On February 10, 1964 Sergeant Manuel V Medeiros was appointed Police Chief. He served until August 6 1983. Chief Medeiros was appointed a reserve officer in 1950-54, police officer 1955-61 and promoted to sergeant in 1962-64. Chief Medeiros was known for his rough cigar smoking exterior, but never used vacation or sick time. In 1966 the position of deputy chief was established, Sergeant Raymond Snell appointed. In 1974 the first K-9 was purchased and Sergeant Stephen Soares was appointed. Chief Medeiros was the longest serving Police Chief for the Town of Dartmouth.

Sergeant Stephen J. Soares was appointed chief and served from August 15 1983 to July 5 2000. Chief Soares was a 1986 graduate of the F.B.I. Academy, making him the second chief to have completed that accomplishment. Chief Soares was appointed a police officer in 1968-71, K-9 officer 1974-1980 was promoted to Sergeant in 1971-83. The department grew and many new programs were created, the D.A.R.E program, Marine Unit, Bike Patrol and many more. In 1991 the position of Captain was established, Herbert Tondreau was appointed. In 1999 the position of Police Chief was removed from Civil Service.

Captain Randall M. Medeiros, the son of former Police Chief Manuel V. Mederios was appointed chief and served from 2001 to 2004. Chief Medeiros was appointed a police officer in 1974-85, promoted to sergeant 1986-92, Captain 1993-99, Acting Chief July 6 2000-2001.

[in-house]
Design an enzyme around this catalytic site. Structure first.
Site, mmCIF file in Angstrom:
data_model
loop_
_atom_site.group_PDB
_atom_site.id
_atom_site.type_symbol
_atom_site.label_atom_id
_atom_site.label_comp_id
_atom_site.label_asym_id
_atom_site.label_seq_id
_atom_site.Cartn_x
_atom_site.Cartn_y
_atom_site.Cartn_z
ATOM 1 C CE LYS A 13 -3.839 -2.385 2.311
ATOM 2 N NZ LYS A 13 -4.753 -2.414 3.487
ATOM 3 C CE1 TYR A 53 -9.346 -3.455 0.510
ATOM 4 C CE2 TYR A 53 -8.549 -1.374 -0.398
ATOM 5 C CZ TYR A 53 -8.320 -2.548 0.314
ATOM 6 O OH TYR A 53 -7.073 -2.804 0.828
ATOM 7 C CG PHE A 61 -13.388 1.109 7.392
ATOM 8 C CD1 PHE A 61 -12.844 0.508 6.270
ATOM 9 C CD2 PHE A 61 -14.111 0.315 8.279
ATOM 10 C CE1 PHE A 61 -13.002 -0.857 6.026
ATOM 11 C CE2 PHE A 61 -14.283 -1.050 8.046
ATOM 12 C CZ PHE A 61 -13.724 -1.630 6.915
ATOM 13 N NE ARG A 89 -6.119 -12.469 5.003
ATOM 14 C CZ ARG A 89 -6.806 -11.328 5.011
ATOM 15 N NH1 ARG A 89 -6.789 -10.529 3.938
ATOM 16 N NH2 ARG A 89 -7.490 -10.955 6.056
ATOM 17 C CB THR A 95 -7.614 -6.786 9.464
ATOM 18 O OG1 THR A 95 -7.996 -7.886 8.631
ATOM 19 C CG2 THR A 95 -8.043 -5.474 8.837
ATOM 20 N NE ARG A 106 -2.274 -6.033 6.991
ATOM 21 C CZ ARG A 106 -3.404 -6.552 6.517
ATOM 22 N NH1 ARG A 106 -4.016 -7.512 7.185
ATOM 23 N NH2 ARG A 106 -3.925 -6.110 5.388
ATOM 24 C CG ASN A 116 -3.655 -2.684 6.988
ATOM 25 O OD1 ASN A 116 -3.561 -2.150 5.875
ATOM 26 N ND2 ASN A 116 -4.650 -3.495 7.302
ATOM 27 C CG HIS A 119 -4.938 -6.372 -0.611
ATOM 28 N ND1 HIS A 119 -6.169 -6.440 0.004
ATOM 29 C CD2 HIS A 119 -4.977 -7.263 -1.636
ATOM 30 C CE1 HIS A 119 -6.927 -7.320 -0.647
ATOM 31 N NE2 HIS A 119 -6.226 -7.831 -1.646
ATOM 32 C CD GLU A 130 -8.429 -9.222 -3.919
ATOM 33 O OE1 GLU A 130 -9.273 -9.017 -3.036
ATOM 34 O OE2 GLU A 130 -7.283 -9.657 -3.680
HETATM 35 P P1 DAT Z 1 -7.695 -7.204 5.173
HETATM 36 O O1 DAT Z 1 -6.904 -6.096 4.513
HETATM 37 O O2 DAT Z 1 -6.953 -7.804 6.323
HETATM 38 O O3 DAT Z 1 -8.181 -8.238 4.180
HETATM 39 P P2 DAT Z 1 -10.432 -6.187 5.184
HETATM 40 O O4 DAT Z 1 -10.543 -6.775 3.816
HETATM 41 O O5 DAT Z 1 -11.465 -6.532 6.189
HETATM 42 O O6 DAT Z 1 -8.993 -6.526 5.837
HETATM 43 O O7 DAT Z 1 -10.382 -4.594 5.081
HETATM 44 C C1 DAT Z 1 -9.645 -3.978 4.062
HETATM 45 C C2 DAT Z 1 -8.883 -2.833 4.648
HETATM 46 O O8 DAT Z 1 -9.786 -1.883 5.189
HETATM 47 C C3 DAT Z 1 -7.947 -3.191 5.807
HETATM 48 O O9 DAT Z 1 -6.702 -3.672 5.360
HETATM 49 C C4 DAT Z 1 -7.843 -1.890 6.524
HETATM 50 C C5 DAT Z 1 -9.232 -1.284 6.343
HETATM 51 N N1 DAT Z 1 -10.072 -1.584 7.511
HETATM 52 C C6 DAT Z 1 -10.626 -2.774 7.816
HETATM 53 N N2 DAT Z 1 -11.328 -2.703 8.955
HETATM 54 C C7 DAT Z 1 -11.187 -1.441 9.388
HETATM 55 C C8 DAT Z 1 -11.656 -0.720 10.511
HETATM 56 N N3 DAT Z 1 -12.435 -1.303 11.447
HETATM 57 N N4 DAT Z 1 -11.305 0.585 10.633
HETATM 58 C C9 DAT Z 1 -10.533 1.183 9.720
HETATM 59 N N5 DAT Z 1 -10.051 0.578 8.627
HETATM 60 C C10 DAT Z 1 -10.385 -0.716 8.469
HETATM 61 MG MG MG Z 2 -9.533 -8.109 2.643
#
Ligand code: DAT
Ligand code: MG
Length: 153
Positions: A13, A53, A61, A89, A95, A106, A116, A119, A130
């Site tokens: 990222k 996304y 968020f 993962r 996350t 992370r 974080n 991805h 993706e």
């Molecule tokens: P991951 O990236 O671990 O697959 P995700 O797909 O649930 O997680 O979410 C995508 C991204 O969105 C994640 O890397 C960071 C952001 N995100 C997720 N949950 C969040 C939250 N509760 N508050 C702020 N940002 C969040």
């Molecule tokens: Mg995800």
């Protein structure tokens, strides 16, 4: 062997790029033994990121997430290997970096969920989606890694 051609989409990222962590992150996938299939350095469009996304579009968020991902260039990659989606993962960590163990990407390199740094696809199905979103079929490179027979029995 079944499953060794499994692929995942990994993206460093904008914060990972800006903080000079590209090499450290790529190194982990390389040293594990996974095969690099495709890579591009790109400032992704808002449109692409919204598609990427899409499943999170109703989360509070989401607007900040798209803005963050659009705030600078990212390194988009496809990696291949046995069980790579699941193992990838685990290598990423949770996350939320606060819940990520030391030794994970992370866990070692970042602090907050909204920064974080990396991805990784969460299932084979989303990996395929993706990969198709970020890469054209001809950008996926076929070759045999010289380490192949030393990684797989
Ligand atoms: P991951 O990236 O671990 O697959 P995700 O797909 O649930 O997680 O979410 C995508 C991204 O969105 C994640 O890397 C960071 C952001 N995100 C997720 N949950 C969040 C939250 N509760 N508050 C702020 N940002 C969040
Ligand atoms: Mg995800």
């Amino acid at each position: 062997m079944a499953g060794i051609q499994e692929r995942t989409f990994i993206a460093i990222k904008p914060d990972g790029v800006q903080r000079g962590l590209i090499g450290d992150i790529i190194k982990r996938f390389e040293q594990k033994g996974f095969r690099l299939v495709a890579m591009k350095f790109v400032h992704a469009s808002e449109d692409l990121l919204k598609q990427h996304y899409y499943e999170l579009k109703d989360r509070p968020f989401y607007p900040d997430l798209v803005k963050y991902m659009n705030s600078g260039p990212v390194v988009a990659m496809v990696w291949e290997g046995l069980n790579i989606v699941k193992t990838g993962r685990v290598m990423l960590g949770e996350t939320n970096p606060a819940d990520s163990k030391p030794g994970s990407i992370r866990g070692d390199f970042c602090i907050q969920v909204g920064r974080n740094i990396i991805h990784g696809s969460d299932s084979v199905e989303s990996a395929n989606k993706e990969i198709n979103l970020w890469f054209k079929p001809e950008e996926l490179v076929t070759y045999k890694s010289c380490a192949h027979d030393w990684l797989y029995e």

Chief Medeiros is credited with reorganizing the department command structure, updating the color scheme of the police vehicles, new uniforms, and introduced fuel efficient vehicles into the fleet.

Lieutenant Mark Pacheco was appointed chief and served from 2004 to January 2010. Chief Pacheco was appointed an intermittent officer in 1978-80, police officer 1981-1992, promoted to sergeant 1993-02, Lieutenant 2003-04.

Captain Gary Soares was appointed acting Police Chief. He served from January 2010 to March 22, 2010. In March of 2010 Captain Soares was appointed Deputy Chief. He remained in that position until his retirement in 2013. Lieutenant Robert Szala was promoted to Deputy Chief at that time.
Timothy Lee was appointed chief and actively served from March 23 2010 to March 9 2015. Chief Lee was the first chief appointed not from within the police department.

Deputy Chief Robert Szala was appointed Acting Police Chief on March 9 2015, a position he currently holds. Acting Chief Szala began his career with the department in 1983 and has rose up thru the ranks. He is credited for getting the Dartmouth Police Department accredited by the Massachusetts Police Accreditation Commission, enhancing officer training and professional education through state and federal programs. In September 2015, Sergeant Brian Levesque was promoted to Deputy Chief.